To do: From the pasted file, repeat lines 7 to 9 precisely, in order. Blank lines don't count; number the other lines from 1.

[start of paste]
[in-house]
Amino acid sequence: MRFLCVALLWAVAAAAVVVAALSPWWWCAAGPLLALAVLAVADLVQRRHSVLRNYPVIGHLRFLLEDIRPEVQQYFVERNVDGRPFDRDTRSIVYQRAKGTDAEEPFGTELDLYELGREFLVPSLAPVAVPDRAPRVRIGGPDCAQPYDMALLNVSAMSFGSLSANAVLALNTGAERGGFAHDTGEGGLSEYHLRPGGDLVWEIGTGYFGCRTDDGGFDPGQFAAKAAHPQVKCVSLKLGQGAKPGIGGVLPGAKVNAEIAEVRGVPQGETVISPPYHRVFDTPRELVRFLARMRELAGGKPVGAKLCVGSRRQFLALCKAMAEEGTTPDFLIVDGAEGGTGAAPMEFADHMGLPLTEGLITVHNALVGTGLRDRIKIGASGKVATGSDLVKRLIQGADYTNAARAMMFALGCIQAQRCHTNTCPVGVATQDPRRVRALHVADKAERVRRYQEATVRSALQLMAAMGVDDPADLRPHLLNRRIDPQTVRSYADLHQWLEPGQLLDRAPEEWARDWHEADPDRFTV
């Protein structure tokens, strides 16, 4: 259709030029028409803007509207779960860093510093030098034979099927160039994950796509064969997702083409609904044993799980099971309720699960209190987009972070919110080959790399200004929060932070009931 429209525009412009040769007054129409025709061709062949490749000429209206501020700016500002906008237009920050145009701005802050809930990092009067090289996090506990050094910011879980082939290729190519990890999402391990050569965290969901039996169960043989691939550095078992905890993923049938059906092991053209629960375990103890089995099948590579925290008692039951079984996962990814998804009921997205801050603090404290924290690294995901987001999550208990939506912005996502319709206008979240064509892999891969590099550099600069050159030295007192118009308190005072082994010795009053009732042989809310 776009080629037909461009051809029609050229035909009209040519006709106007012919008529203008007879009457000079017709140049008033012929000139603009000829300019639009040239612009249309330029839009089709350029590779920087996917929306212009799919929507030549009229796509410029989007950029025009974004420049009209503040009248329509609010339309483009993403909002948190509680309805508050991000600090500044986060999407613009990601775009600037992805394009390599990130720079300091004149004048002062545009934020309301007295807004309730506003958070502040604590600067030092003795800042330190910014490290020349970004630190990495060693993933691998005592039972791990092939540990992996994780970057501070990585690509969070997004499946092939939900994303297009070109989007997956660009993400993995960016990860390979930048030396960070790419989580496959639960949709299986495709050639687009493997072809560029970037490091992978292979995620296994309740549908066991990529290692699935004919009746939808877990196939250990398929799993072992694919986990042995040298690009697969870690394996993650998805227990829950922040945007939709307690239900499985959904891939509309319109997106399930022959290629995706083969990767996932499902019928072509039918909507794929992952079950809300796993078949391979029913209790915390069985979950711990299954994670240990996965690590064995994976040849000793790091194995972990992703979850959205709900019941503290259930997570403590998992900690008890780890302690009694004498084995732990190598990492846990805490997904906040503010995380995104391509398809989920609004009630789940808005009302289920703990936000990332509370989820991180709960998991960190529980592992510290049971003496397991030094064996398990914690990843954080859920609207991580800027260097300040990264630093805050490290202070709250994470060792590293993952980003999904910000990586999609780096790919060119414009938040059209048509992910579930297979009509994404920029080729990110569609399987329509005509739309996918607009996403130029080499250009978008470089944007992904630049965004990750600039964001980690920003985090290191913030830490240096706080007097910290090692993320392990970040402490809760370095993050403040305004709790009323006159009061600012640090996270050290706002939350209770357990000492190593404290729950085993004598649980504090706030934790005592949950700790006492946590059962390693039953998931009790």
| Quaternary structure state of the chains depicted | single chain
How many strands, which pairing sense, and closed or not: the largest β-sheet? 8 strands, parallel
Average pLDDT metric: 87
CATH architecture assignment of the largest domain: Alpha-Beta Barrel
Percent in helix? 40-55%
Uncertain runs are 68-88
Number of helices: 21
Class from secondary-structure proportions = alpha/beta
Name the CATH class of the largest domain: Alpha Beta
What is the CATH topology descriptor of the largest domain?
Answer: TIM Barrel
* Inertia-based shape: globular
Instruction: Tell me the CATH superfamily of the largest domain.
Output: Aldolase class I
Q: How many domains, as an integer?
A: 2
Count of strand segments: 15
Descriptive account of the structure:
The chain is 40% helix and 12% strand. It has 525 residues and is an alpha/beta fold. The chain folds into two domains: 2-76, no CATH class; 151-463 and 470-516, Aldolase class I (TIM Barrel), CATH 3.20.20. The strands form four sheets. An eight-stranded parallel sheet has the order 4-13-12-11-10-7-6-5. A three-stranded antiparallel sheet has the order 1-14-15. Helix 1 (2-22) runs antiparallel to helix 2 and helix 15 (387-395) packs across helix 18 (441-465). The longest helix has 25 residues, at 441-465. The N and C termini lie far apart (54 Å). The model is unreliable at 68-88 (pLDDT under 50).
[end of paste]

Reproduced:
CATH architecture assignment of the largest domain: Alpha-Beta Barrel
Percent in helix? 40-55%
Uncertain runs are 68-88